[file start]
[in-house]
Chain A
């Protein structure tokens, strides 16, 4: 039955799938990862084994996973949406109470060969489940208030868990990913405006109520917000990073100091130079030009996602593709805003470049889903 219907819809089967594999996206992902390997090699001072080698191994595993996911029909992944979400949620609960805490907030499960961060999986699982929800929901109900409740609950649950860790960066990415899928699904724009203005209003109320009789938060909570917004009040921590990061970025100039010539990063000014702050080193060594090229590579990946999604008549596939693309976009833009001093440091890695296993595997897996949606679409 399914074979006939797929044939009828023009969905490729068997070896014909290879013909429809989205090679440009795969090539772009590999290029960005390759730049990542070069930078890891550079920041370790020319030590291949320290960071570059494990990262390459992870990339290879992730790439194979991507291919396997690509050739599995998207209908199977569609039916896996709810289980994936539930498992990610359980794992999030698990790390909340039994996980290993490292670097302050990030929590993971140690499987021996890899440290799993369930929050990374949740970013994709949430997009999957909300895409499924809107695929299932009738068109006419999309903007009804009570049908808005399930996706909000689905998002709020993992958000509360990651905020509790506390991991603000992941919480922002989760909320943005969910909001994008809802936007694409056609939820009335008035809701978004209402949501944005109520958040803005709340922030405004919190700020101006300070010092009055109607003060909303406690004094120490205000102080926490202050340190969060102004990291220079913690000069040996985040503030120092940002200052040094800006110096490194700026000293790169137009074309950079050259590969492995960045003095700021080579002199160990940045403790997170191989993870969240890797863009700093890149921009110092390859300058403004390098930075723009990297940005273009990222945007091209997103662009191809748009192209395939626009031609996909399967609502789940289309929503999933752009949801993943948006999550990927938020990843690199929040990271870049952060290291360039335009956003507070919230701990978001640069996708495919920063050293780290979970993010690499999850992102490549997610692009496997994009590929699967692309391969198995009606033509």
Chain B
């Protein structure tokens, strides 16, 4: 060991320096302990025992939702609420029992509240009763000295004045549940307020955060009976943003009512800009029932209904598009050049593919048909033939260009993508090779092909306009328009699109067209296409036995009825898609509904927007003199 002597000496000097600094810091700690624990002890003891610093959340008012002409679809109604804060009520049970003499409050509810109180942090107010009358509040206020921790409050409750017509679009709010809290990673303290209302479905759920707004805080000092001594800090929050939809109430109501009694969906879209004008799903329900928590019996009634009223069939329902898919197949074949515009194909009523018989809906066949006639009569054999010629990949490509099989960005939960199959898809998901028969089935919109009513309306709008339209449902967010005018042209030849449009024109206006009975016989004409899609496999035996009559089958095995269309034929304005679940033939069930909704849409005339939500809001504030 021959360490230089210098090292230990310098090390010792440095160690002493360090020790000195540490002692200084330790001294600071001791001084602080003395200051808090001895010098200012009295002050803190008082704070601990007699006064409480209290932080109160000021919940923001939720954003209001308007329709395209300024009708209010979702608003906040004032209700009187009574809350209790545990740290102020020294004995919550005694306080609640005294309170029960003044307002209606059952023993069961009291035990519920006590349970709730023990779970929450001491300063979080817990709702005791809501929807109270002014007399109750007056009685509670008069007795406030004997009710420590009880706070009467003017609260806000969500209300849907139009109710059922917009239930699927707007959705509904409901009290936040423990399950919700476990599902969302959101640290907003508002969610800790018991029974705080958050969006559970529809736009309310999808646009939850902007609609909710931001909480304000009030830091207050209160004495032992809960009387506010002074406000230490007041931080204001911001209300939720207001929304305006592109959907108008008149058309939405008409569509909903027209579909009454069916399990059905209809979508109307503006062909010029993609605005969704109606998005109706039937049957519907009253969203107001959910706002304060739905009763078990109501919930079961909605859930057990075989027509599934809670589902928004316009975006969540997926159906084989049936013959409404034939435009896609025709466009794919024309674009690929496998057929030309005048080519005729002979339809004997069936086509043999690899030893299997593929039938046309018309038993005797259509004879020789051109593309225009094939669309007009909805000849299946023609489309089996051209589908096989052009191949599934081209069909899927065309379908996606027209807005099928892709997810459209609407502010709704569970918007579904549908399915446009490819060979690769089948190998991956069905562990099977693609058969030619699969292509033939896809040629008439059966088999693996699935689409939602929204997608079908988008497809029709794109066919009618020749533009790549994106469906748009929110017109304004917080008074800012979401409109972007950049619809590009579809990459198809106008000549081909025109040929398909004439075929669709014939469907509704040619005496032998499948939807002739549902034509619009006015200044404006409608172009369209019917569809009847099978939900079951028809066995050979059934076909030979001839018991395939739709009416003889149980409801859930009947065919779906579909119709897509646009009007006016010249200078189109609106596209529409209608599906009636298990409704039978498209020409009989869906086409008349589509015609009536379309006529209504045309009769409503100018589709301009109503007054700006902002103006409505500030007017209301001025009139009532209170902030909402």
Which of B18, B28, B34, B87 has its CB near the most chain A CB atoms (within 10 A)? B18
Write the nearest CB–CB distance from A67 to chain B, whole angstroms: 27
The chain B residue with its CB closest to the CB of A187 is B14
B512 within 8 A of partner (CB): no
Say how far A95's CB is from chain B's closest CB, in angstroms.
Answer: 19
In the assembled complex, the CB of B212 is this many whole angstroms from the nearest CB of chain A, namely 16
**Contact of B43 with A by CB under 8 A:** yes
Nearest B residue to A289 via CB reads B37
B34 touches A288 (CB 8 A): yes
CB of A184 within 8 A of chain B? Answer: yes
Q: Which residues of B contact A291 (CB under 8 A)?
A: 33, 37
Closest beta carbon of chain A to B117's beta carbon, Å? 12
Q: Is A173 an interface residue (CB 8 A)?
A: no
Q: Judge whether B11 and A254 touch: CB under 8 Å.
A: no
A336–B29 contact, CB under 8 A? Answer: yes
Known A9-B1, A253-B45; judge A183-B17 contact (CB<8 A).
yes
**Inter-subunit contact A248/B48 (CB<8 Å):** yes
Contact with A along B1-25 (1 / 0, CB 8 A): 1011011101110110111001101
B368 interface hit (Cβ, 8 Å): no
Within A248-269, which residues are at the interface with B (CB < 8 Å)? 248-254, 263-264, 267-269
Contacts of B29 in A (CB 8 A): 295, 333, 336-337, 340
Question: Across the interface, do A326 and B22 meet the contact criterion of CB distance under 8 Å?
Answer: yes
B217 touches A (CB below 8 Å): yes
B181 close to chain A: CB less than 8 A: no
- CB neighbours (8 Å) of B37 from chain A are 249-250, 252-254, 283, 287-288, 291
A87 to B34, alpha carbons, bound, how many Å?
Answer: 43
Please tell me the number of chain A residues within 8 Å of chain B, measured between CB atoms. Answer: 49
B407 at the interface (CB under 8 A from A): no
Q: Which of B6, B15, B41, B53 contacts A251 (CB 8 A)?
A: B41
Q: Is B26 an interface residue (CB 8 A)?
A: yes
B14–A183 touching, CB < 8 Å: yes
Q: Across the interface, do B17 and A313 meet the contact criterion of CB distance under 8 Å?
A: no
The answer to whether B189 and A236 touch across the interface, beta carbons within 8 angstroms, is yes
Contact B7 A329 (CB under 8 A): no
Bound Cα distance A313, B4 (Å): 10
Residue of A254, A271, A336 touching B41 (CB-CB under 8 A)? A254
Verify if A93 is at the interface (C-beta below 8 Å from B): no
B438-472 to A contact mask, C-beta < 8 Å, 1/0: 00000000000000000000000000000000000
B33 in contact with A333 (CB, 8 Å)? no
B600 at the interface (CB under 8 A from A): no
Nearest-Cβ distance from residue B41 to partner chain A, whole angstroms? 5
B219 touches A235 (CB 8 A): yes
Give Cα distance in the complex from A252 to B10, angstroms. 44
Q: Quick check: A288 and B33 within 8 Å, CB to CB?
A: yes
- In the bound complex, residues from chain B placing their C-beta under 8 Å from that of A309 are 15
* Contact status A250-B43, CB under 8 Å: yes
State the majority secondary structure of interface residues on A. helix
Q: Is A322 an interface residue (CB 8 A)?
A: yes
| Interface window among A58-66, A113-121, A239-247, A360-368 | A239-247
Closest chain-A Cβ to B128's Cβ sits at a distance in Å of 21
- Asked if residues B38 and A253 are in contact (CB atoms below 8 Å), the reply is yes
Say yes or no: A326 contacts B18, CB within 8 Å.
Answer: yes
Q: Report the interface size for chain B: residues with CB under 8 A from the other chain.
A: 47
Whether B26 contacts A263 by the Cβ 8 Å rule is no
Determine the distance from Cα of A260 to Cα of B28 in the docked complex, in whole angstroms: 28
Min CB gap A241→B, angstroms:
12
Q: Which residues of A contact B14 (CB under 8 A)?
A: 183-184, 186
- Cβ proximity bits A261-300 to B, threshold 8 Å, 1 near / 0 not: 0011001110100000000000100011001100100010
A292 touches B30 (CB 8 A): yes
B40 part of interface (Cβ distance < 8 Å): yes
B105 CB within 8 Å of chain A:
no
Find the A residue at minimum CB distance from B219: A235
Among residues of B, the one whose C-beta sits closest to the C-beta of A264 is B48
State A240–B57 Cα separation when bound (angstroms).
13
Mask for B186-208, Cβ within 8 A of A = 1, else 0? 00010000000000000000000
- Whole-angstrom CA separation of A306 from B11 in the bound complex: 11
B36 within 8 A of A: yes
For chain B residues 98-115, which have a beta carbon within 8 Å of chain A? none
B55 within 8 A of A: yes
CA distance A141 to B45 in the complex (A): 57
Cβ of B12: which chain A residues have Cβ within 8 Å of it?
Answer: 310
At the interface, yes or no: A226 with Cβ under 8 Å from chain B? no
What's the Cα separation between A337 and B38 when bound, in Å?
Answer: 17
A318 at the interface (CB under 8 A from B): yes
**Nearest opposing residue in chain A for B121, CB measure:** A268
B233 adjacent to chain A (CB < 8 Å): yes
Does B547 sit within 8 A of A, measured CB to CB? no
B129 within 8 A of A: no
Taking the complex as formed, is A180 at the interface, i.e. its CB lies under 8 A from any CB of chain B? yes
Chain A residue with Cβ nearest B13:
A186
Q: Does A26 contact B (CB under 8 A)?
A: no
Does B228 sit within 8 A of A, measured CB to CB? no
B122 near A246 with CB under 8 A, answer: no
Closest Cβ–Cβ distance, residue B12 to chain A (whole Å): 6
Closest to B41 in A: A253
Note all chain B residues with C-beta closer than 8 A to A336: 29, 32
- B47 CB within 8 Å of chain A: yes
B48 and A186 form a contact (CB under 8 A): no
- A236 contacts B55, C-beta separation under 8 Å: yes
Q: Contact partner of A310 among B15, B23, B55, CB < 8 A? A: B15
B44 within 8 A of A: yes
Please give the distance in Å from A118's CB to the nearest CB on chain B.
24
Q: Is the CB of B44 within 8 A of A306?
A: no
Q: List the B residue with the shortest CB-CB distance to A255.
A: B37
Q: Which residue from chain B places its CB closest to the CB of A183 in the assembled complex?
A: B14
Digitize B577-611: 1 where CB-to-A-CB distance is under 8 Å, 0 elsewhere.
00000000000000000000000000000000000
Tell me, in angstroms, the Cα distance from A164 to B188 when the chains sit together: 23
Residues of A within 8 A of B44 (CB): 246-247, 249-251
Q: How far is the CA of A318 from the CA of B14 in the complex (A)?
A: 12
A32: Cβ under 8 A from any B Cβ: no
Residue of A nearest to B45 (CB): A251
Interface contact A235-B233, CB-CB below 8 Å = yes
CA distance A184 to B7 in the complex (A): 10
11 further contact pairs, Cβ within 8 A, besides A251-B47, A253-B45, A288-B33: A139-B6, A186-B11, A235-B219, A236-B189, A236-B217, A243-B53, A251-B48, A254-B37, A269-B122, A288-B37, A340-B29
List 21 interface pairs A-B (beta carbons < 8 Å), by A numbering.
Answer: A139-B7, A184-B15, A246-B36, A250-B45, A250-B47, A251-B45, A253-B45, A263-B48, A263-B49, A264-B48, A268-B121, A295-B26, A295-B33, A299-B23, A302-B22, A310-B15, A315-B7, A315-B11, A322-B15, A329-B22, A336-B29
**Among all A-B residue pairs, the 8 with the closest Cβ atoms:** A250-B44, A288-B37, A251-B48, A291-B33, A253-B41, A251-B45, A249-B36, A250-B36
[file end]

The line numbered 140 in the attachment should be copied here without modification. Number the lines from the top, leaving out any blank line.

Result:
**Among all A-B residue pairs, the 8 with the closest Cβ atoms:** A250-B44, A288-B37, A251-B48, A291-B33, A253-B41, A251-B45, A249-B36, A250-B36